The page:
Friday, January 23, 2015

Of balls and disruption


Yesterday, I watched Tom Brady's news conference live, and afterward saw clips of Bill Belichick's previous presser. Up until that point, I saw Deflategate as something that could be a major scandal or could be nothing — and if it was something, it was up in the air as to who was responsible for it.

For two years, I was the equipment manager for my high school team, which gave me an appreciation for how many different footballs get used in a game, and how they have to be handled. For all the stringent protocol that the NFL follows with its own footballs, it's an undeniable fact that no one can constantly account for dozens of footballs during a game, and that lowering the air pressure of one is a quick act that can be done very discreetly (I never did such a thing, but I know it's possible). If anything, it's worth checking to see if every other team isn't also doing this from time to time.

That said, however, the New England Patriots have already been caught cheating in recent years, so it's not hard to imagine that still-intact regime doing it again. I have no way of knowing if or who, of course, but my suspicion was that it started at the top. Before the presser, that is. Now, I'm not sure if Belichick knew and I'm not sure Brady didn't. Belichick (the consummate leader) sounded genuinely befuddled and Brady (Captain Confidence) was uncharacteristically flustered and halting.

In any case, it does seem strange — if the allegations are true — that a team as good as the Patriots (who throttled the Colts 45-7 in the AFC Championship) would feel the need to breed an unfair advantage. I hope it's not true. I'm no Patriots fan, but I want to believe their tremendous dynasty is solely a testament to their skill. We'll see.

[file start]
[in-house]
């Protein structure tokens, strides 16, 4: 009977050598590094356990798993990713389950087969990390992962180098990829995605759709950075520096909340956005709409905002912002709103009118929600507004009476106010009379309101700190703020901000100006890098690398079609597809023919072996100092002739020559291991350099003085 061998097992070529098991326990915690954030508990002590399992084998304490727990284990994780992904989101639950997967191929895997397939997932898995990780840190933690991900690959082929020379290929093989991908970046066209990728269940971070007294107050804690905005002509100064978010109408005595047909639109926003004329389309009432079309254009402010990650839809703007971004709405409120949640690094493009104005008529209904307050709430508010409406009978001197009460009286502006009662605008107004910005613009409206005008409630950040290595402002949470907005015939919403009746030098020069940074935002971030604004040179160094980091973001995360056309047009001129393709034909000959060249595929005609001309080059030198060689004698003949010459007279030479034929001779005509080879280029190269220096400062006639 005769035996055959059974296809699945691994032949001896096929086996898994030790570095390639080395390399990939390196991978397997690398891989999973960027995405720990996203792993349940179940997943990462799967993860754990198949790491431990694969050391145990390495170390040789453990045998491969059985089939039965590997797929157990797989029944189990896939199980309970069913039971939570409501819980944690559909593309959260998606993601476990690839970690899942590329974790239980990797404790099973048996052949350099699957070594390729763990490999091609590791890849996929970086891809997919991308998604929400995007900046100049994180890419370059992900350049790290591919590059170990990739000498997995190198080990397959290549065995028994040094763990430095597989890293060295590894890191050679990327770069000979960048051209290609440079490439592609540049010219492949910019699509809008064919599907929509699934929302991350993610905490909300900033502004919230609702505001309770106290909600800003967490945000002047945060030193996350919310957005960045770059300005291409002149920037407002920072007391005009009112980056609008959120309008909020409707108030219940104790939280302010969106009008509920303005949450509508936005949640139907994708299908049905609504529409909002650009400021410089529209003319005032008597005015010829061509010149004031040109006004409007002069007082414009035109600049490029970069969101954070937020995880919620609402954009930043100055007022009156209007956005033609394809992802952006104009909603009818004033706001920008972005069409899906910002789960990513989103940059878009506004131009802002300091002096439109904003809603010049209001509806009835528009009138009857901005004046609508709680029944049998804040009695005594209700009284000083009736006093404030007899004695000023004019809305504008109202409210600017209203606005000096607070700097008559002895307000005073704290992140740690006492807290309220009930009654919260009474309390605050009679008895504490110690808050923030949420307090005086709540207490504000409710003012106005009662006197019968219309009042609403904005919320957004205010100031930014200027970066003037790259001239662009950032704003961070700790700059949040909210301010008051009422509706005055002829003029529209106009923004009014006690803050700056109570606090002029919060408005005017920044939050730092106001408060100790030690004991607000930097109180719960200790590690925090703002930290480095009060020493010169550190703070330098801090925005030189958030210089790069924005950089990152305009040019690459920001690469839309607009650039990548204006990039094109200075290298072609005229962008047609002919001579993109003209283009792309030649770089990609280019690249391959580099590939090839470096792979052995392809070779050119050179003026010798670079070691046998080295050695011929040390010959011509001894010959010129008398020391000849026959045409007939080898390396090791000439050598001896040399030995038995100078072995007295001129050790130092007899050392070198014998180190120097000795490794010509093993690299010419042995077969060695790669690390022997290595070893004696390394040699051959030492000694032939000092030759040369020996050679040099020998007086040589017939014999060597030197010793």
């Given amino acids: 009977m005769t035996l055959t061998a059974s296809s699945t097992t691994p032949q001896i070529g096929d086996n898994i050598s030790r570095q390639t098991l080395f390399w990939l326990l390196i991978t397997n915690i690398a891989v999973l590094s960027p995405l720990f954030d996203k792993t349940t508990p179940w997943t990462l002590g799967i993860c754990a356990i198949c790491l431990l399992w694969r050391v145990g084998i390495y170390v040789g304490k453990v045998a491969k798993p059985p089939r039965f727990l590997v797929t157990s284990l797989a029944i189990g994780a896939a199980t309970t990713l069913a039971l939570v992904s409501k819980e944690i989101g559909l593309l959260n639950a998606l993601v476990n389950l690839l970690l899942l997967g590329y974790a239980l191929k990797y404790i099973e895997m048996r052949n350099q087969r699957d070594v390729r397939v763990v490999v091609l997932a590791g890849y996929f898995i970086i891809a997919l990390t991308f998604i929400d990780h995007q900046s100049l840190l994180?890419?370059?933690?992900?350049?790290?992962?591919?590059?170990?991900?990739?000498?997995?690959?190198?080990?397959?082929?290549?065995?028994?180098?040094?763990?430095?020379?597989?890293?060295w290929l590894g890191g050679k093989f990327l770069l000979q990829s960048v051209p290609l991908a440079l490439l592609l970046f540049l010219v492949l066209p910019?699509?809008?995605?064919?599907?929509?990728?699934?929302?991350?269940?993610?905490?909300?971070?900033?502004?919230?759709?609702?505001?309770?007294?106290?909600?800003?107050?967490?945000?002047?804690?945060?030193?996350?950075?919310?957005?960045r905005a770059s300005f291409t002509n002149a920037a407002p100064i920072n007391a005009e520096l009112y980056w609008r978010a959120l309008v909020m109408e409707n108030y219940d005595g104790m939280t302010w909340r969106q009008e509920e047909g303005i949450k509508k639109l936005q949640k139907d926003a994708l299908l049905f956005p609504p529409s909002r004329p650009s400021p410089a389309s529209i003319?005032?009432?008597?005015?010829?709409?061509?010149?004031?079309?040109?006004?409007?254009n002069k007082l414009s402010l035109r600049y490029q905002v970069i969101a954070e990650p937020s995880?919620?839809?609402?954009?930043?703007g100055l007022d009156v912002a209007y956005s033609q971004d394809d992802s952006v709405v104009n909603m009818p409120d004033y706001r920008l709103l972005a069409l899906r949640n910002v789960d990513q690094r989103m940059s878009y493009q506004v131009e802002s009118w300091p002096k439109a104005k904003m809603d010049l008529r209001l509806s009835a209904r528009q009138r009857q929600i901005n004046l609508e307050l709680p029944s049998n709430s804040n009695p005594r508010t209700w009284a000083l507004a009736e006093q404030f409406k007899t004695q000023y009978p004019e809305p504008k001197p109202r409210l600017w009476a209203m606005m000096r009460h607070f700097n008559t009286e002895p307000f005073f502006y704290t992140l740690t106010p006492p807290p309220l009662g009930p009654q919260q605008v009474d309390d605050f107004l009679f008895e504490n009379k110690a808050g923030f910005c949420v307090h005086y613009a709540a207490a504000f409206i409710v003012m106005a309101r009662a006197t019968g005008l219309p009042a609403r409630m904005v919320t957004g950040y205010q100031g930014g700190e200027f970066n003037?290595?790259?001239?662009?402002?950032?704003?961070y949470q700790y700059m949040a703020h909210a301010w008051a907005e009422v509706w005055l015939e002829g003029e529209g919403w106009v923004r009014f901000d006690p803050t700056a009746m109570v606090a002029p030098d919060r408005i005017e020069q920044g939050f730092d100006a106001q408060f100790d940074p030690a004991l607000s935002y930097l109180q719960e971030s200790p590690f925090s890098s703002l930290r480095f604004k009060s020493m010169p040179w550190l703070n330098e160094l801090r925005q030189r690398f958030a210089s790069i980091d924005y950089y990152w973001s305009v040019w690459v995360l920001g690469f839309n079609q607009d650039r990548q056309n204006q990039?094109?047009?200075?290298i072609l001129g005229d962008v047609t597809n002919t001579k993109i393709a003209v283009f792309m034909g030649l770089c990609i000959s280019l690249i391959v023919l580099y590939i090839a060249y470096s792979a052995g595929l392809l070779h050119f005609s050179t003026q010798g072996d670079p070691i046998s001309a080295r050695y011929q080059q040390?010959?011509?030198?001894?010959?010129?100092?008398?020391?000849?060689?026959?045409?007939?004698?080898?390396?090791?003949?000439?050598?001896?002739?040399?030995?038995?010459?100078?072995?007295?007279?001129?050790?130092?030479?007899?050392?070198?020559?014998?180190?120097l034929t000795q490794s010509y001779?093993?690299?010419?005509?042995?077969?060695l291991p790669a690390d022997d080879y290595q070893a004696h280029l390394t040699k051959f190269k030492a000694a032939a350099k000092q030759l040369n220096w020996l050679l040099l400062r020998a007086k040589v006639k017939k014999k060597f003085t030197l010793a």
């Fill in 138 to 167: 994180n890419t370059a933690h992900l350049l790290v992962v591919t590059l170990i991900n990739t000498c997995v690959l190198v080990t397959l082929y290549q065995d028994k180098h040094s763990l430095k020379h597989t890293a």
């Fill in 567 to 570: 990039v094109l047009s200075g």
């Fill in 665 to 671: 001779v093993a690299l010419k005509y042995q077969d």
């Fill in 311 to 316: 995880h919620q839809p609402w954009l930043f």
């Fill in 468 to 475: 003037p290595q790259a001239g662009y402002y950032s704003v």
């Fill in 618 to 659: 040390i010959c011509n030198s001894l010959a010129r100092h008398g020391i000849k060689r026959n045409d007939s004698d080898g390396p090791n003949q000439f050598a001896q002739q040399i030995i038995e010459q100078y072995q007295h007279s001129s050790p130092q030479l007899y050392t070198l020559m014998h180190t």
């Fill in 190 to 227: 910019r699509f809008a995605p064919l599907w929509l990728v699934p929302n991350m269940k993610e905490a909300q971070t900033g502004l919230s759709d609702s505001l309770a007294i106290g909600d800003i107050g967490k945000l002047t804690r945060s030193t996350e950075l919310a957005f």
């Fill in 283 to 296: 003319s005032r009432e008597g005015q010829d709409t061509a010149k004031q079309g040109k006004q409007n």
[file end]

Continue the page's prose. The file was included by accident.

I went into the Slate article linked above feeling some sympathy for Belichick, and hoping I might gain a perspective on the coach that I might have missed in my anti-fanhood. And sure enough, the writer, Luke O'Neil, raises the interesting phenomenon of a team evolving from scrappy underdogs to hated champions. But then he lost me with this:

As a rational human being, the sullying of my favorite team’s name admittedly stings, and the right thing to do here might be to apologize for Belichick. But instead, to the rest of the football fans out there I say this: You’re welcome. Without a villain like Belichick, the NFL would be a much less interesting place. 

I've long said that I like personality in the NFL, even when I don't like the personality, because it makes the game interesting. But he is asking us to bow to a team — his team — for disrupting the status quo.

I'm all for that in theory, but I don't think that's defined by flouting the rules of the game. To indulge my own fanhood, Sean Payton's onside kick to start the second half of Super Bowl XLIV is the kind of disruption I think enriches the game. It compels the other team, and the game in general, to rethink how they play. All the best teams in NFL history innovate this way.

If, on the other hand, a team is stealing signals and deflating footballs, that's not innovation — that's cheating. Anyone who values that kind of disruption and the heroes-villains dynamic over fair play should watch professional wrestling instead.

Anyone can disrupt the game with dubious methods. A real villain is crafty enough to do it within the confines of the game.

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